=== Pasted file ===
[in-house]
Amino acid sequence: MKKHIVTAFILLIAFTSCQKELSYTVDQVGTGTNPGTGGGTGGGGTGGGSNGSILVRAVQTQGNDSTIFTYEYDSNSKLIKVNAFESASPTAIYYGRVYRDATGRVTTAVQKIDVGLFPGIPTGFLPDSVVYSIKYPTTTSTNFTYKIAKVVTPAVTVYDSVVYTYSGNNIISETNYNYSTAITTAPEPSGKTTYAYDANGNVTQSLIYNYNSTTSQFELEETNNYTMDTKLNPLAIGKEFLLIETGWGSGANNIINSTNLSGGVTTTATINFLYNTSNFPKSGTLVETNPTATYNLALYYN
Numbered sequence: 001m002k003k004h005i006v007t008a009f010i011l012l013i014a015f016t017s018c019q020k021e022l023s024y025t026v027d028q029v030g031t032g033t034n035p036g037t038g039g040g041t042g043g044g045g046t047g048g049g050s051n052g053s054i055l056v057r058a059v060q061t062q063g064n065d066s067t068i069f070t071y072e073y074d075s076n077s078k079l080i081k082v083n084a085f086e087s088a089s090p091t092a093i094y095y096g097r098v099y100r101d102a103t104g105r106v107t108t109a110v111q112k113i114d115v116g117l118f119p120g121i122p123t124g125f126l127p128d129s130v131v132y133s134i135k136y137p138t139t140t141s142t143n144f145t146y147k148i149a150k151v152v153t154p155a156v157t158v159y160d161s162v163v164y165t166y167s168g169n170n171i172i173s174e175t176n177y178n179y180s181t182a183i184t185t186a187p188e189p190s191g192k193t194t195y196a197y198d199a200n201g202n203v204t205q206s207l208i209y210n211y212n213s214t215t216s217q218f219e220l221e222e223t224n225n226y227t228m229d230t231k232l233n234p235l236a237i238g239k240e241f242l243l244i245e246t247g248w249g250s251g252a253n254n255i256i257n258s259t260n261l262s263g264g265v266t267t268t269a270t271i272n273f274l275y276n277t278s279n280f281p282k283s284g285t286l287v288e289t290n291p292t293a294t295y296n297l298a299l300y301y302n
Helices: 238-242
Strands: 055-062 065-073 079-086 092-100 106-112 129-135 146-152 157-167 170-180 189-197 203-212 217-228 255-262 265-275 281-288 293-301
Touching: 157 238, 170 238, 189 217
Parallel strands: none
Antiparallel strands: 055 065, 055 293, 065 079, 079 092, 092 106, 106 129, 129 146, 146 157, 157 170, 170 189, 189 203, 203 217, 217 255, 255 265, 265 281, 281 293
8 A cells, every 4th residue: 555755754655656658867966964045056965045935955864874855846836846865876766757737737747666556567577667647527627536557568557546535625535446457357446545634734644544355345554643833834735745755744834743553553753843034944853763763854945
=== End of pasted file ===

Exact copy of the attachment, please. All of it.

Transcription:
[in-house]
Amino acid sequence: MKKHIVTAFILLIAFTSCQKELSYTVDQVGTGTNPGTGGGTGGGGTGGGSNGSILVRAVQTQGNDSTIFTYEYDSNSKLIKVNAFESASPTAIYYGRVYRDATGRVTTAVQKIDVGLFPGIPTGFLPDSVVYSIKYPTTTSTNFTYKIAKVVTPAVTVYDSVVYTYSGNNIISETNYNYSTAITTAPEPSGKTTYAYDANGNVTQSLIYNYNSTTSQFELEETNNYTMDTKLNPLAIGKEFLLIETGWGSGANNIINSTNLSGGVTTTATINFLYNTSNFPKSGTLVETNPTATYNLALYYN
Numbered sequence: 001m002k003k004h005i006v007t008a009f010i011l012l013i014a015f016t017s018c019q020k021e022l023s024y025t026v027d028q029v030g031t032g033t034n035p036g037t038g039g040g041t042g043g044g045g046t047g048g049g050s051n052g053s054i055l056v057r058a059v060q061t062q063g064n065d066s067t068i069f070t071y072e073y074d075s076n077s078k079l080i081k082v083n084a085f086e087s088a089s090p091t092a093i094y095y096g097r098v099y100r101d102a103t104g105r106v107t108t109a110v111q112k113i114d115v116g117l118f119p120g121i122p123t124g125f126l127p128d129s130v131v132y133s134i135k136y137p138t139t140t141s142t143n144f145t146y147k148i149a150k151v152v153t154p155a156v157t158v159y160d161s162v163v164y165t166y167s168g169n170n171i172i173s174e175t176n177y178n179y180s181t182a183i184t185t186a187p188e189p190s191g192k193t194t195y196a197y198d199a200n201g202n203v204t205q206s207l208i209y210n211y212n213s214t215t216s217q218f219e220l221e222e223t224n225n226y227t228m229d230t231k232l233n234p235l236a237i238g239k240e241f242l243l244i245e246t247g248w249g250s251g252a253n254n255i256i257n258s259t260n261l262s263g264g265v266t267t268t269a270t271i272n273f274l275y276n277t278s279n280f281p282k283s284g285t286l287v288e289t290n291p292t293a294t295y296n297l298a299l300y301y302n
Helices: 238-242
Strands: 055-062 065-073 079-086 092-100 106-112 129-135 146-152 157-167 170-180 189-197 203-212 217-228 255-262 265-275 281-288 293-301
Touching: 157 238, 170 238, 189 217
Parallel strands: none
Antiparallel strands: 055 065, 055 293, 065 079, 079 092, 092 106, 106 129, 129 146, 146 157, 157 170, 170 189, 189 203, 203 217, 217 255, 255 265, 265 281, 281 293
8 A cells, every 4th residue: 555755754655656658867966964045056965045935955864874855846836846865876766757737737747666556567577667647527627536557568557546535625535446457357446545634734644544355345554643833834735745755744834743553553753843034944853763763854945